The rezoning process requires a series of steps, detailed later, and a legal justification for this changed based on the Comprehensive Plan for the District of Columbia. We will first focus on this.

Future Land Use Map

The Future Land Use Map (FLUM) designates areas into broad categories of where use of land should go in the future. For example, much of Capitol Hill is designated Moderate Density Residential, which is the category for attached rowhouses and small apartment buildings. In the case of the land at issue, the entire triangle is designated as both of medium density commercial and institutional.

Medium Density Commercial: Defines shopping and service areas that are somewhat more intense in scale and character than the moderate-density commercial areas. Retail, office and service businesses are the predominate uses. Areas generally draw from a citywide market area. Buildings are generally larger and/or taller than those in moderate density commercial areas but generally do not exceed eight stories in height.

Institutional: Includes land and facilities occupied and used by college and universities, large private schools, hospitals, religious organizations, and similar institutions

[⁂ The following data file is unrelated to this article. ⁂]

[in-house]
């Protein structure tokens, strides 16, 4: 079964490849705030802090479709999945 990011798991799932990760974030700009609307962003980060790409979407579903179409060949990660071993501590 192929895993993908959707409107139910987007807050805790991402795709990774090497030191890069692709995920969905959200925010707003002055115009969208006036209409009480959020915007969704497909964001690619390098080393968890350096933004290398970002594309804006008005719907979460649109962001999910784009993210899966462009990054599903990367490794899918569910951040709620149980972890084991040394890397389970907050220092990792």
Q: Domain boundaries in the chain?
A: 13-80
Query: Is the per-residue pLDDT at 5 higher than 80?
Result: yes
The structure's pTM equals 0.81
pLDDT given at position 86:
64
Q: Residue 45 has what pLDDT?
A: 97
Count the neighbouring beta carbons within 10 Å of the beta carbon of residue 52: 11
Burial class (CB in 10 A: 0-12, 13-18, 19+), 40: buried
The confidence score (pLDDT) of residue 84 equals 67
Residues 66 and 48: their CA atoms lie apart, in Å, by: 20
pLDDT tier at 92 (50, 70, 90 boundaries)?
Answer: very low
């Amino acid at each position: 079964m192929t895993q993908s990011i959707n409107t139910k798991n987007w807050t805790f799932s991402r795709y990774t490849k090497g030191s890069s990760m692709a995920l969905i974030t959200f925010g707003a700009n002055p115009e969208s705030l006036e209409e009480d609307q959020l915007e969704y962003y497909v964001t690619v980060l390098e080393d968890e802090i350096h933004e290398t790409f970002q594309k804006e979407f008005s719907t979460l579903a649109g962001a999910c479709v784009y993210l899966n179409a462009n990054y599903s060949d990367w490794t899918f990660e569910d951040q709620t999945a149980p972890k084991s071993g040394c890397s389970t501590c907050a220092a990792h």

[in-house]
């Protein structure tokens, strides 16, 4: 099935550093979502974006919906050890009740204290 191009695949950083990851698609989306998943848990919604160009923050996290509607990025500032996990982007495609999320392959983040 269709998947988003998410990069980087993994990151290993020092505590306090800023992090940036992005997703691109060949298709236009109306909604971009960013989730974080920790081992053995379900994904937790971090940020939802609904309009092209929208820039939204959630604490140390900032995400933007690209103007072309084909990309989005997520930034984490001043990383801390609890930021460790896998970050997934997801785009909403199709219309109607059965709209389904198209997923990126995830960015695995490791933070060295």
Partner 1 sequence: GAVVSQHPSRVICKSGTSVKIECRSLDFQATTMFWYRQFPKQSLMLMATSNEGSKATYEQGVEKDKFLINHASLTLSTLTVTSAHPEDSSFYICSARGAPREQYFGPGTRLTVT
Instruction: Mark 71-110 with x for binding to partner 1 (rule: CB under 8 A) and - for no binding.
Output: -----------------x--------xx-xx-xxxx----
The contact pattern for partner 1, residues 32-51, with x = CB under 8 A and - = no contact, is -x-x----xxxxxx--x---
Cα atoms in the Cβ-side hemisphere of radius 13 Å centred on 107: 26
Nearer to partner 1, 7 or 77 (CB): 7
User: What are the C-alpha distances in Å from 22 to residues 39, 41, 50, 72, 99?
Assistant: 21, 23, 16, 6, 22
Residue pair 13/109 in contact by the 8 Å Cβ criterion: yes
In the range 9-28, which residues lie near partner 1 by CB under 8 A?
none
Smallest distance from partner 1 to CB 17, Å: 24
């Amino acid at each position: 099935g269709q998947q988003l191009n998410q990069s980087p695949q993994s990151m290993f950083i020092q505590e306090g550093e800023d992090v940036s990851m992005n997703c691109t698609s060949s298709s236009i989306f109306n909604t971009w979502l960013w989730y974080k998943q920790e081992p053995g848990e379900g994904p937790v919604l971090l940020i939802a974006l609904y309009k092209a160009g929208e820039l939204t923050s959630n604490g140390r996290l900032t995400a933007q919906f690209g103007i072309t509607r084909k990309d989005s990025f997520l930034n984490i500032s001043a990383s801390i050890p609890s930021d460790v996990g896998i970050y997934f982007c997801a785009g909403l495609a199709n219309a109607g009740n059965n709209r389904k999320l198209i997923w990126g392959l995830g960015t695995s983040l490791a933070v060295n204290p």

https://planning.dc.gov/sites/default/files/dc/sites/op/publication/attachments/03%20RedevelopmentFramework_Part1_Part2.pdf

I mentioned earlier the FLUM designated broad categories of use. The comprehensive plan gives examples zoning for each FLUM category. Medium Density Commercial is defined as “generally do not exceed eight stories” and “generally include C-2-B [ZR16 MU-5-A], C-2-C [MU-6], C-3-A [MU-7], and C-3-B [MU-8]. These are commercially zoned mixed use districts with both development standards and use regulations that would preclude uses currently allowed in PDR zones. The current zoning of this triangles is inconsistent with the Future Land Use Map.

Generalized Policy Map

The triangle is question is designated as Land Use Change Areas in the Generalized Policy Map (GPM). Then GPM designates land into various buckets, but the land use change areas are lands where rezoning should take place. Rezoning this triangle is consistent with the Generalized Policy Map

Non-Map Elements of Comprehensive Plan